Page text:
BBC Home
Explore the BBC



Last Updated: Thursday November 30 2006 15:09 GMT

What is cystic fibrosis?

The lungs of someone with cystic fibrosis

What is cystic fibrosis?

Cystic fibrosis is a condition which is very bad for people who have it. It mainly affects children and younger people.

How serious is it?

At the moment the average person with the condition dies in their 30s.

It can make it very difficult to breathe. It leads to the clogging up of the lungs, and other organs including the pancreas and intestines, with thick, sticky liquid called mucus.

What happens to people who have it?

Because it damages lungs, people with cystic fibrosis often have coughs and chest infections.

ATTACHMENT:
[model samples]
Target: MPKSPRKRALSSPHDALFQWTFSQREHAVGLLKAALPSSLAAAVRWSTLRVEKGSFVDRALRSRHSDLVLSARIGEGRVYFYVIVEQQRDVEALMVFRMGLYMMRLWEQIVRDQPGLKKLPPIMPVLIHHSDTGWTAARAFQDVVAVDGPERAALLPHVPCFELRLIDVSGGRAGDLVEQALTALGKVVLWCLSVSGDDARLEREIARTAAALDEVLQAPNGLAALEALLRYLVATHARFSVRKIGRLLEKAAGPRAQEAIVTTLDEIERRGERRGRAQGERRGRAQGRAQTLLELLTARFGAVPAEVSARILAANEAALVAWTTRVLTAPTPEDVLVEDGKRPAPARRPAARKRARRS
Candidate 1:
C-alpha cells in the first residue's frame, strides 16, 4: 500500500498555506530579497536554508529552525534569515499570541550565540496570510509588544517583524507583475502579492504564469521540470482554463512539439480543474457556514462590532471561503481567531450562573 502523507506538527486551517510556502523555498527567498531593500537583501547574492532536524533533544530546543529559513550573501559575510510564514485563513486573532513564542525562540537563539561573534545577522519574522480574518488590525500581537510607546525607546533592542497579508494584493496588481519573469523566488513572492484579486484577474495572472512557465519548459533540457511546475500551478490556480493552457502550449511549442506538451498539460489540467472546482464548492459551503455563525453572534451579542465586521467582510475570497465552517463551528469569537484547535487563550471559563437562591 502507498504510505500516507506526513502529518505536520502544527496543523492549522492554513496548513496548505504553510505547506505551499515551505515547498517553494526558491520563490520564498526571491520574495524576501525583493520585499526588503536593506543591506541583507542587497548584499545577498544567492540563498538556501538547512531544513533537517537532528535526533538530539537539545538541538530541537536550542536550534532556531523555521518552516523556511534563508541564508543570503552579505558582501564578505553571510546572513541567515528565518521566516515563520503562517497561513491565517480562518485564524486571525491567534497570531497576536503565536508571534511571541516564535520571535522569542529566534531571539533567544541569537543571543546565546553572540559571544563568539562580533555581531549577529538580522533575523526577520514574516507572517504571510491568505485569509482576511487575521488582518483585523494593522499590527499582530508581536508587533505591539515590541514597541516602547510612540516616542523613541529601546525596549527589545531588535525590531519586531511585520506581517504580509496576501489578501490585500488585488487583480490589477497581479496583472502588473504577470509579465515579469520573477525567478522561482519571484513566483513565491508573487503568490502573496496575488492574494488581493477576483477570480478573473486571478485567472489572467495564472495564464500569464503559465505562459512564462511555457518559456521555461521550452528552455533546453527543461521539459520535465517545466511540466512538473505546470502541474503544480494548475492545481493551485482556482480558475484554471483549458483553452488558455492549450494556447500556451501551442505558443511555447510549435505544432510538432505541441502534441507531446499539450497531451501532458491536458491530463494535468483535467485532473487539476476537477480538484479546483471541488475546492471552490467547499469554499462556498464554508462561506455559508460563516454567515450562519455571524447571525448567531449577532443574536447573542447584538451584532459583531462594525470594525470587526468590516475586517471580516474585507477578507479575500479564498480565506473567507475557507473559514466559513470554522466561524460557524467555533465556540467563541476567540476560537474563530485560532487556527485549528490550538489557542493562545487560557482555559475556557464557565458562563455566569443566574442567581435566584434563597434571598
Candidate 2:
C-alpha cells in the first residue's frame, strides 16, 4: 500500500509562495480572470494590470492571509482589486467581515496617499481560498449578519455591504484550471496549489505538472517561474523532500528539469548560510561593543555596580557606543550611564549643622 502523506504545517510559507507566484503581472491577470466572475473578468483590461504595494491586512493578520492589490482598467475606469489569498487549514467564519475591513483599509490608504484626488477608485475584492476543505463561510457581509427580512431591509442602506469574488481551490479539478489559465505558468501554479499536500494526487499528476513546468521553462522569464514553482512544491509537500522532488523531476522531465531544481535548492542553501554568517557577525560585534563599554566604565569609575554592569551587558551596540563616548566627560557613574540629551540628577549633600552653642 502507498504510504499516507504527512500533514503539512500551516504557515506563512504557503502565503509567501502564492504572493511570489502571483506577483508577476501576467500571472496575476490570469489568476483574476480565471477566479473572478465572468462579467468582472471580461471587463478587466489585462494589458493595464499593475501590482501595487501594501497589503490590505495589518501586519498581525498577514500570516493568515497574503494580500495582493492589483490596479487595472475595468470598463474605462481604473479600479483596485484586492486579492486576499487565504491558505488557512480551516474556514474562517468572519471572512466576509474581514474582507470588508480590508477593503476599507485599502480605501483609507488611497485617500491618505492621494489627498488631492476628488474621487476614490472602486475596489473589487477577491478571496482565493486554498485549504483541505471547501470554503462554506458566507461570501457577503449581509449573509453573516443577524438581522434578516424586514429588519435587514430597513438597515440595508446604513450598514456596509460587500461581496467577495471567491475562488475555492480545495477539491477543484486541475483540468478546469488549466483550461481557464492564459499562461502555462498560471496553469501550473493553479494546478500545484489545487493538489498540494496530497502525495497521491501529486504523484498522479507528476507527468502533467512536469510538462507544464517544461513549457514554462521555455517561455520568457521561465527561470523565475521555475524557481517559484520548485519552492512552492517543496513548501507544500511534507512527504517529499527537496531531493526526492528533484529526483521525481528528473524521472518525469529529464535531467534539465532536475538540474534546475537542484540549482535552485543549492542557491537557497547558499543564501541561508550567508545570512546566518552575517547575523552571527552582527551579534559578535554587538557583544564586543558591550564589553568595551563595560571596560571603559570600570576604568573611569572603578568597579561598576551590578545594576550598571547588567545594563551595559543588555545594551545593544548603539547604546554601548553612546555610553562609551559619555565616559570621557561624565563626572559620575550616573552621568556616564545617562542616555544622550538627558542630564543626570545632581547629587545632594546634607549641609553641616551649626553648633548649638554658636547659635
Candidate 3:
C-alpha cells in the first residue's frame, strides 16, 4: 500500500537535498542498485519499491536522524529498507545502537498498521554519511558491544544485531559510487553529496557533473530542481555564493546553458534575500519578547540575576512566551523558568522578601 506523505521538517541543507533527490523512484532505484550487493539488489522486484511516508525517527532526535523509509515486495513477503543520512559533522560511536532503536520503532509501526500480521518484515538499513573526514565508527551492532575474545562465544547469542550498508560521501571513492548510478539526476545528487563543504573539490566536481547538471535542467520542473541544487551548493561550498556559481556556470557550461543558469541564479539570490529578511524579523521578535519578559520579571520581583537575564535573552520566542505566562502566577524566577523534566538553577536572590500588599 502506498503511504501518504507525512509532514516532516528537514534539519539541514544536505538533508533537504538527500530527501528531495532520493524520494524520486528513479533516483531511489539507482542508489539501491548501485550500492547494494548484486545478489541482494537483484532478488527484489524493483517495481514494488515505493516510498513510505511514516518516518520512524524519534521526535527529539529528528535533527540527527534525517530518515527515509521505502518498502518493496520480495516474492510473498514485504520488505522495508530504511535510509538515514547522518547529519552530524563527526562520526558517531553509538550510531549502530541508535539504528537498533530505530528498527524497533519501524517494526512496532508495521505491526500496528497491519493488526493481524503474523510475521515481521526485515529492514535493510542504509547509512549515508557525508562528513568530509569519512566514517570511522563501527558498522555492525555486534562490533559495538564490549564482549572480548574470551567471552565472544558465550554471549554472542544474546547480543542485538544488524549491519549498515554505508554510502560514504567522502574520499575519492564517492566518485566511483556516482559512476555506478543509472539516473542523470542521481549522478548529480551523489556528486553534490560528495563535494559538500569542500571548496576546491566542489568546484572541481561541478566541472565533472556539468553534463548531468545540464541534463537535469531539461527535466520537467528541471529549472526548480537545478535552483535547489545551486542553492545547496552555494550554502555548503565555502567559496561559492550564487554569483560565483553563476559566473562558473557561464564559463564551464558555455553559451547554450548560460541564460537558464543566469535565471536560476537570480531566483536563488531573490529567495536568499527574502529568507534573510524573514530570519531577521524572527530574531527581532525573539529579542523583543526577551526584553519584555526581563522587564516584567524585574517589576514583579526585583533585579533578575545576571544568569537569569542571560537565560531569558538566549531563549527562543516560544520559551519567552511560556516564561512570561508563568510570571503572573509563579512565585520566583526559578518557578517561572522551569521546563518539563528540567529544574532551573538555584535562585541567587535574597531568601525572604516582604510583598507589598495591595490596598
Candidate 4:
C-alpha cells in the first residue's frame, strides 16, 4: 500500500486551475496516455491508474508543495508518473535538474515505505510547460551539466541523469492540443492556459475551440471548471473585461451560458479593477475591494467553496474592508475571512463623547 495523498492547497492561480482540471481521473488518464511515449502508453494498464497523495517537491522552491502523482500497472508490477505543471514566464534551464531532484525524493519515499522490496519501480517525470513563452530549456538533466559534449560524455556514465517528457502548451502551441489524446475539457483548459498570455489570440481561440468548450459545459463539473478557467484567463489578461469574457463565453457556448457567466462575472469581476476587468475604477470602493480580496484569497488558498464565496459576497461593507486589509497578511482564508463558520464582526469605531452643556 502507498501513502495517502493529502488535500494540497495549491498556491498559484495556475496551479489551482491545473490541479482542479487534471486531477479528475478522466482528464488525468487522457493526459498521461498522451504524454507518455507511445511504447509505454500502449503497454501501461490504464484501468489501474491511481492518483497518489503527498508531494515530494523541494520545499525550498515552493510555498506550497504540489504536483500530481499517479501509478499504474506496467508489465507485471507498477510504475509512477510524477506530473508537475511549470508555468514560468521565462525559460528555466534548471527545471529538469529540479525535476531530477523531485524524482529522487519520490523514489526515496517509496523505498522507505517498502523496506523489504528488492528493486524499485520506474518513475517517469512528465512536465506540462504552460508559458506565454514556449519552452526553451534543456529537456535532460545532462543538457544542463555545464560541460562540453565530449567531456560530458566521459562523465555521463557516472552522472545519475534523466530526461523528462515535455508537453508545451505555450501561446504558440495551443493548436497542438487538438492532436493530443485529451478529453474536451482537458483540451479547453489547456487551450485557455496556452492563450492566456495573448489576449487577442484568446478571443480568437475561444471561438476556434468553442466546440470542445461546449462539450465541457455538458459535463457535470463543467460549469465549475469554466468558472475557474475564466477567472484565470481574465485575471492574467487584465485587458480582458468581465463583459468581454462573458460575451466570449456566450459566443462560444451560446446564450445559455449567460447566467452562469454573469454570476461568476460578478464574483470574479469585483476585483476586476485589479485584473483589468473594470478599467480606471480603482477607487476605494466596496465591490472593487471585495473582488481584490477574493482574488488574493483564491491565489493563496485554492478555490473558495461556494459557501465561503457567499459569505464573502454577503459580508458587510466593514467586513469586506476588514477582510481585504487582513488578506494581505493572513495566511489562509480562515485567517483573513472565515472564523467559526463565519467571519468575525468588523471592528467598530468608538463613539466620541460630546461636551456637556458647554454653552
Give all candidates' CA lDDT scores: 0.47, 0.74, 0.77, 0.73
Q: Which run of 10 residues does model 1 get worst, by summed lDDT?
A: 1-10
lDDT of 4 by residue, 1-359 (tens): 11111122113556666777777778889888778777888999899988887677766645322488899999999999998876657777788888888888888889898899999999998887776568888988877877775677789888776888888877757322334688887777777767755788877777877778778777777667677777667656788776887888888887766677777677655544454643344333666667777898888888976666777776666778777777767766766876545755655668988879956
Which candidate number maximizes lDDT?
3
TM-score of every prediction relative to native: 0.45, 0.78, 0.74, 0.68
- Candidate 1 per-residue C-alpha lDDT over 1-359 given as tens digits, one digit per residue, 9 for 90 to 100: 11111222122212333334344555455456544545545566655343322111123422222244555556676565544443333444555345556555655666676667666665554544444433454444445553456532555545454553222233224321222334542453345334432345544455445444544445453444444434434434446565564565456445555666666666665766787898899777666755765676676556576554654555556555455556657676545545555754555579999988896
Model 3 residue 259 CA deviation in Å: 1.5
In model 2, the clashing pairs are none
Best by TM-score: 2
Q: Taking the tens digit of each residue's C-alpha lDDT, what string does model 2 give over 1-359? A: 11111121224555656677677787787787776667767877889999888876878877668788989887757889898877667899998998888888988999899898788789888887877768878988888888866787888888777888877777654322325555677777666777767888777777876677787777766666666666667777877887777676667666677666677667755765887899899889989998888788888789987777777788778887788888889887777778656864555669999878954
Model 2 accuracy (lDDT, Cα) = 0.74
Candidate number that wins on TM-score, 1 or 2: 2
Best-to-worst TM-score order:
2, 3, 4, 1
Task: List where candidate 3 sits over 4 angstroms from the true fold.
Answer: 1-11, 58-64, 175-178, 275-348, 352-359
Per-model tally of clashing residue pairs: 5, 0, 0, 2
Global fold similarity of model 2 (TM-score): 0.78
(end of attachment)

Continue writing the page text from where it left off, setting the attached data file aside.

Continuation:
Some of the organs it damages are very important in digesting food. That means people with it are often smaller and not as strong as they should be.

How do you get it?

Cystic fibrosis isn't caught from another person. You either have it or you don't.

It is inherited, which means it is passed on by adults when they have children, although the parents of kids with it don't have the disease themselves.

According to the National Health Service (NHS), cystic fibrosis is the most common inherited disease in the country, with one in every 2,500 babies born with it.

Can it be treated by doctors?

There is no cure for the condition, although people who have it now live longer than they used to.

Scientists hope that by studying the way genes work may one day help them come up with a cure.

It is really important for children who have it to do as much exercise as possible. It helps keeps their lungs clear of the mucus, and makes them stronger and healthier.

Some patients even have a lung transplant.